In the first place, the Geneva Bible contains verse numbers. We take this for granted…only because it was introduced, for the first time in English, by the Geneva Bible! The insertion of verse numbers are highly consequential. You don’t need verse numbers to read the Bible alone. Rather, they are an essential organization and tracking tool for the communal reading of Scripture. In short, the placement of verse numbers are telling: for the Protestant Reformers, the interpretation of Scripture was not to be an isolated, subjective, “me-and-Jesus” endeavour. To be properly interpreted, Scripture needs to be read in the church, in conversation with other Christians.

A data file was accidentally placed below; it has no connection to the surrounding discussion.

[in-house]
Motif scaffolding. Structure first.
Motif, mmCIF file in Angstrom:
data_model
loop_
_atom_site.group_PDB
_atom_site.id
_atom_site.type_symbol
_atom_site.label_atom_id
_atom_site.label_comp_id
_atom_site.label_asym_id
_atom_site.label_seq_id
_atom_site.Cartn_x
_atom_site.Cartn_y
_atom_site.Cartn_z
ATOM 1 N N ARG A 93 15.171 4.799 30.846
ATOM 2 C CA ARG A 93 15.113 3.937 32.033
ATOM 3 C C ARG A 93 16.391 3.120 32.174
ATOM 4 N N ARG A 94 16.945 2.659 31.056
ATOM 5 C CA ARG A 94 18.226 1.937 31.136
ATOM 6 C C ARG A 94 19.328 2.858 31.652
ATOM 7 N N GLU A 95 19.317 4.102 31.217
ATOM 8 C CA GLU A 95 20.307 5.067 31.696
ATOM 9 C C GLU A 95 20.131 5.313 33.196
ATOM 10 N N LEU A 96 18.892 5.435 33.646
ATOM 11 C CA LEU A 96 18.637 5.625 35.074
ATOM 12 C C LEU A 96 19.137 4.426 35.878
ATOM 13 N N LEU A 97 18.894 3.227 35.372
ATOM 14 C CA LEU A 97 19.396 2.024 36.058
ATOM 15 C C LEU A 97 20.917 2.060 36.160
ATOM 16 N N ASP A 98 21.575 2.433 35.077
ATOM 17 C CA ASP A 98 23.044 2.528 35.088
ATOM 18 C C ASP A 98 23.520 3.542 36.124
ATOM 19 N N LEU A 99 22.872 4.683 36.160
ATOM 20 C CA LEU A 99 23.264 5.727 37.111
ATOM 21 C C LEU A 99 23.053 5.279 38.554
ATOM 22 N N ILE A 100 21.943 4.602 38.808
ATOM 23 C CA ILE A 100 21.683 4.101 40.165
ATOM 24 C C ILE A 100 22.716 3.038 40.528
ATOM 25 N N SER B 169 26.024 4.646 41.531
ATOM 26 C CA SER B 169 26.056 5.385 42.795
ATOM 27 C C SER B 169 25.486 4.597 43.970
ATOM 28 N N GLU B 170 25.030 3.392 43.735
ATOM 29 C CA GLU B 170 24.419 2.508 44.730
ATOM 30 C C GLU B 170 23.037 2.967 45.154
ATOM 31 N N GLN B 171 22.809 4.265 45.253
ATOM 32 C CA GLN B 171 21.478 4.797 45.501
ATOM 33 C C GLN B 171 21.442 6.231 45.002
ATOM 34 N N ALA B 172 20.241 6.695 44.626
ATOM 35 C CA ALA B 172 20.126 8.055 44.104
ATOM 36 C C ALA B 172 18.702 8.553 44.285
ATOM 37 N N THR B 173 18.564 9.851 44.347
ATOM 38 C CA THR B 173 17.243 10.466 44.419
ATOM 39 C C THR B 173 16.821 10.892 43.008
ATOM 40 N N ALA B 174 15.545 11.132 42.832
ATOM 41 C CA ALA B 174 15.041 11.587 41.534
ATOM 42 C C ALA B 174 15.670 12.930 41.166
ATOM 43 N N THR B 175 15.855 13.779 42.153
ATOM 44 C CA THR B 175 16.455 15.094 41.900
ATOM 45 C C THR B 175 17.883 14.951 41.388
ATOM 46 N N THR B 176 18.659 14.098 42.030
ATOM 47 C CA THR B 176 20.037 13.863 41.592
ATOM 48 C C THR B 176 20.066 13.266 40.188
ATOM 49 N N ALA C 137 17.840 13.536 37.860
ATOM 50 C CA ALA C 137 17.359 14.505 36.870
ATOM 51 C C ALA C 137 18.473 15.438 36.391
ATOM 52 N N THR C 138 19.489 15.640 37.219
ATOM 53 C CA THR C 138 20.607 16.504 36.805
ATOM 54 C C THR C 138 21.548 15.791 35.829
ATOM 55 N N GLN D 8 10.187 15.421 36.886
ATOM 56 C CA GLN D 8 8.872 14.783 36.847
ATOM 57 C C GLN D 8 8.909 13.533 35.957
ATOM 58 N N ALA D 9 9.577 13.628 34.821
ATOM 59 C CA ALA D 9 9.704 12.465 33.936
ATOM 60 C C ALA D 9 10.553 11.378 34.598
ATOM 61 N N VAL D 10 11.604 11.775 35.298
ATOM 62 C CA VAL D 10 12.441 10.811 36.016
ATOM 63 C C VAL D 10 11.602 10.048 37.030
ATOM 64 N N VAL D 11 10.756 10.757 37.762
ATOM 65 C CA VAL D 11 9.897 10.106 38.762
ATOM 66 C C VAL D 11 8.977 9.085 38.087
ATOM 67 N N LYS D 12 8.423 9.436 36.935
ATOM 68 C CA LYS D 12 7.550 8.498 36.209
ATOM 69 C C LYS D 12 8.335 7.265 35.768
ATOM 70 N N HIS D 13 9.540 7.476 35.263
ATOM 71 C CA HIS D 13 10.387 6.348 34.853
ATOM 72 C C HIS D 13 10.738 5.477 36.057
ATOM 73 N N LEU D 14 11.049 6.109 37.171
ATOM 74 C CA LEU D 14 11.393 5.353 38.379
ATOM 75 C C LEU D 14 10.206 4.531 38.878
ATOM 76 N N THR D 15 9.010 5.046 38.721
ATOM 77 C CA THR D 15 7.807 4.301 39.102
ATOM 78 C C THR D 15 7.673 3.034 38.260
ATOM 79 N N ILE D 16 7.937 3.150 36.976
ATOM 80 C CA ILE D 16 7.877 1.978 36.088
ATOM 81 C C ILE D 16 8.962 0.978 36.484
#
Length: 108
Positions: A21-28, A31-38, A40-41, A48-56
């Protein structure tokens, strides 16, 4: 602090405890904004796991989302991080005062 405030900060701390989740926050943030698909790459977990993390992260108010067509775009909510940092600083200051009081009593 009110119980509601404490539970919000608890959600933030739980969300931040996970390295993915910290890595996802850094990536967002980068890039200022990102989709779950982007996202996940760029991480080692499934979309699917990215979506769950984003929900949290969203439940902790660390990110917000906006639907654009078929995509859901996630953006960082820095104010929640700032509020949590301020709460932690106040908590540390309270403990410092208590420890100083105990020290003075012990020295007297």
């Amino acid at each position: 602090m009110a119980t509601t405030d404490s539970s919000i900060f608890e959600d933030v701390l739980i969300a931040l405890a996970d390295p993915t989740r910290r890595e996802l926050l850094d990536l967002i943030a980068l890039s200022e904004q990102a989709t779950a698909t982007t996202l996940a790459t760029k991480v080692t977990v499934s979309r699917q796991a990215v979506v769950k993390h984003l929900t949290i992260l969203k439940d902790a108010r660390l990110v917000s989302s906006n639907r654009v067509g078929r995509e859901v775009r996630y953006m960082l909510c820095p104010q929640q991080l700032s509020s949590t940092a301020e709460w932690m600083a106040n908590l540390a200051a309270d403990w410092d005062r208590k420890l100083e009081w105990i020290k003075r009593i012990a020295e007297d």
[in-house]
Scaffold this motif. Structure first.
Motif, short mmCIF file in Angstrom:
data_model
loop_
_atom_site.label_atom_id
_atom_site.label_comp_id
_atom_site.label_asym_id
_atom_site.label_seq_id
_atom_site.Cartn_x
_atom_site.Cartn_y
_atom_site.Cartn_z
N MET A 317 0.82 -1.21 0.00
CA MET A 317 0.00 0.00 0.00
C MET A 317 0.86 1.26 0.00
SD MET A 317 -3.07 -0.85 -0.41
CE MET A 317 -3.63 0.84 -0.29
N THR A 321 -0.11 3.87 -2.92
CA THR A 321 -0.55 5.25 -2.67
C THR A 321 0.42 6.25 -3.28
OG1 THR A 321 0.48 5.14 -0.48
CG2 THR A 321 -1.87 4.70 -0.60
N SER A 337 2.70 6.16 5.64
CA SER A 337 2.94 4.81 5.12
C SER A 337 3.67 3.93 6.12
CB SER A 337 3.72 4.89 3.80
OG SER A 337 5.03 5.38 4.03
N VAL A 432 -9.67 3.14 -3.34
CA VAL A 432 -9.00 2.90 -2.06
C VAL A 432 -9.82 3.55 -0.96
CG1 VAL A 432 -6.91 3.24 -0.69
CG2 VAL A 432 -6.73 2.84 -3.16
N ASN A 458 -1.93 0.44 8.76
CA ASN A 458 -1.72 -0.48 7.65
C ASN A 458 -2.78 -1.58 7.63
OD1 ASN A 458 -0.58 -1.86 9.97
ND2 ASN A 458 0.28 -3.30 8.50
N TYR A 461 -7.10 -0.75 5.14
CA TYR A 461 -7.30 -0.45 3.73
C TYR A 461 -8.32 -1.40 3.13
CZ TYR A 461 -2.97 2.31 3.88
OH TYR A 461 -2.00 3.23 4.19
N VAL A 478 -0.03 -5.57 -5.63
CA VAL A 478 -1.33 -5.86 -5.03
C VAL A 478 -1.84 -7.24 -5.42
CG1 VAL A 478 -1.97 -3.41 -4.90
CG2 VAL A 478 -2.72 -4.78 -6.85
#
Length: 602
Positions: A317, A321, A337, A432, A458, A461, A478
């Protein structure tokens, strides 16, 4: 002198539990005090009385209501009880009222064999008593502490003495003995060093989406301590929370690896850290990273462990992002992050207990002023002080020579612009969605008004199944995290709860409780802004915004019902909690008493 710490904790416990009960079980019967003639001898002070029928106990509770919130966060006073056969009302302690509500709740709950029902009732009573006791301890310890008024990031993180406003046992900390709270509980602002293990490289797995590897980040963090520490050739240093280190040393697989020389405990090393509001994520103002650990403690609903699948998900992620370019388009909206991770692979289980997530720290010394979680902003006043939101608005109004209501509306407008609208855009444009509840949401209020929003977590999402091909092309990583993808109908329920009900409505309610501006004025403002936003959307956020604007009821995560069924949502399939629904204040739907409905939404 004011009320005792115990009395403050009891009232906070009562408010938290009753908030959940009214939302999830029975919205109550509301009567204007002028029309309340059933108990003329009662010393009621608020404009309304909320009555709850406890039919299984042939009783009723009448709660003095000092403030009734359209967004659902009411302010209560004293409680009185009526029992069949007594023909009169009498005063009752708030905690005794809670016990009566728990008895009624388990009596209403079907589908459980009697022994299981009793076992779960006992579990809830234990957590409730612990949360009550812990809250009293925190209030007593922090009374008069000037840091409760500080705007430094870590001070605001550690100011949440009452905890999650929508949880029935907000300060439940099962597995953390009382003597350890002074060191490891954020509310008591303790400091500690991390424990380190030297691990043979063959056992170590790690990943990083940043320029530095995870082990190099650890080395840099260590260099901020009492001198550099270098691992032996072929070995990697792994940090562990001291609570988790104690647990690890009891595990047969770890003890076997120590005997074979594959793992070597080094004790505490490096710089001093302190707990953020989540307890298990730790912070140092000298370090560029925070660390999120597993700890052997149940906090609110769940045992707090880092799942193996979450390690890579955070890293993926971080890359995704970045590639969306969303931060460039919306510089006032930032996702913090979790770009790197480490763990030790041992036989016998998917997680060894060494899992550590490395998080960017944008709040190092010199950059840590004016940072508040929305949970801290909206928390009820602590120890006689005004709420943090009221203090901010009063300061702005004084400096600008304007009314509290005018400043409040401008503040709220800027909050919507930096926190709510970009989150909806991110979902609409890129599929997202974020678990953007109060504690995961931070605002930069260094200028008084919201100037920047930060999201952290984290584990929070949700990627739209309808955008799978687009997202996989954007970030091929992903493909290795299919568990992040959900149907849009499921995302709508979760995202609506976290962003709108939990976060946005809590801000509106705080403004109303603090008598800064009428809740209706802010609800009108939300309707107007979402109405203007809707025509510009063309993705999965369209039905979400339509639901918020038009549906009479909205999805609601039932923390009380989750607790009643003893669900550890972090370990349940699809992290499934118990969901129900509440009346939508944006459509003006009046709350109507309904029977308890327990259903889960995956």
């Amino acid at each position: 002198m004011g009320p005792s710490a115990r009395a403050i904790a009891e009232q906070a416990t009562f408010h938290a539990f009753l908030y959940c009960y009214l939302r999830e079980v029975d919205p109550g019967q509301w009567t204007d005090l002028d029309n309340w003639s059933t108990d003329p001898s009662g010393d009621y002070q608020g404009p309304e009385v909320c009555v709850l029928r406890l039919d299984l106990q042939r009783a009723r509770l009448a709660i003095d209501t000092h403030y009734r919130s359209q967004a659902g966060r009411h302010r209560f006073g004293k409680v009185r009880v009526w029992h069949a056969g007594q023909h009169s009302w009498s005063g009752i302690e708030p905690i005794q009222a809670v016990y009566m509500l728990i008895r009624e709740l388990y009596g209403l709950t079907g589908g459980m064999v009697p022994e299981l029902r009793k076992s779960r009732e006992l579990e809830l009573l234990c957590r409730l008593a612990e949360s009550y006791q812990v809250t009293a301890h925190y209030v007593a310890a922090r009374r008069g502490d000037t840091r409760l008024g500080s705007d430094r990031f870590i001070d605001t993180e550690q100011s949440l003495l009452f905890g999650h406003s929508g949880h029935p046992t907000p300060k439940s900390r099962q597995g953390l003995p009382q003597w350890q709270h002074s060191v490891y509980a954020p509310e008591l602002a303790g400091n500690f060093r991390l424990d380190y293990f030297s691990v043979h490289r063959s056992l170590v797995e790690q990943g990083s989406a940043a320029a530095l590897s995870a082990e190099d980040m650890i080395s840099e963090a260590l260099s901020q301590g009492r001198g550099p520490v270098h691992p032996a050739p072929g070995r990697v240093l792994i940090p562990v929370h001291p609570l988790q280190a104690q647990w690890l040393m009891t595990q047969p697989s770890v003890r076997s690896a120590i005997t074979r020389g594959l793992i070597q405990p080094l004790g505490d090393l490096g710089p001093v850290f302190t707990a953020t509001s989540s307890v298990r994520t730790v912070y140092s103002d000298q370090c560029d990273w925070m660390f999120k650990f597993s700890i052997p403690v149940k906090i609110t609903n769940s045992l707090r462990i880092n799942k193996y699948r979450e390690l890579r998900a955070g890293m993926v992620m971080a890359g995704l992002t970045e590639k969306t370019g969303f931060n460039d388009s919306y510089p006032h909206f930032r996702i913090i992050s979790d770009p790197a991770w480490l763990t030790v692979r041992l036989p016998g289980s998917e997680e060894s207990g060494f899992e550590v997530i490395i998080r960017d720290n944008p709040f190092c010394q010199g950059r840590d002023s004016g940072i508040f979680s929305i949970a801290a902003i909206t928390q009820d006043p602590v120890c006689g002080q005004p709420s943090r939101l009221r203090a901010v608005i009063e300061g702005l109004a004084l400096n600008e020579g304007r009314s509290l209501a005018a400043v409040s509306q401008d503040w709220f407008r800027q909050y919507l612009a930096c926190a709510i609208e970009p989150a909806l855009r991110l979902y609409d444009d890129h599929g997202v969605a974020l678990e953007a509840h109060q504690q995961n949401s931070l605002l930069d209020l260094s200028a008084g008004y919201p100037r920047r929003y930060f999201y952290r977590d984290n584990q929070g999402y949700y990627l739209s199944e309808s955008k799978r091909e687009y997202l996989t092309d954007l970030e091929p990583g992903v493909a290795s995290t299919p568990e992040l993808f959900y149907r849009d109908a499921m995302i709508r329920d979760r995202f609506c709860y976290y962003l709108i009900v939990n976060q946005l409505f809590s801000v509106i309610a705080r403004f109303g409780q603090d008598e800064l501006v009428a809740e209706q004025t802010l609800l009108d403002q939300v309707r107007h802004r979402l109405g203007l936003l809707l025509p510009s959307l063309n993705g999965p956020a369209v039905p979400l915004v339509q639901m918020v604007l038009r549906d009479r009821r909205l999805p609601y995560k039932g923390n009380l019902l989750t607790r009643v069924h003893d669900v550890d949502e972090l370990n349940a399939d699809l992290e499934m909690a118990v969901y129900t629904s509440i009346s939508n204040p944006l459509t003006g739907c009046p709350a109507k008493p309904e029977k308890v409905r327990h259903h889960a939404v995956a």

This same point is taken to a whole new level by another feature of the Geneva Bible: the placement of commentary notes in the margins. The Geneva Bible—the Bible produced for the average Bloke & Sheila to read!—is a study Bible. And this study is to be guided by the church’s theological and biblical teachers, past and present. In other words, when you encounter a difficult passage, you are intended to consult the “Christian tradition” (represented by the margin notes!) in discerning its proper meaning. Our imaginations are not to operate in fanciful and unbounded ways in our reading and understanding of Scripture! Put another way: to read the Bible in a trustworthy manner, the Christian does not merely need to know how to pronounce the English alphabet. She also needs to be informed and formed by prior Christians and present original-language specialists.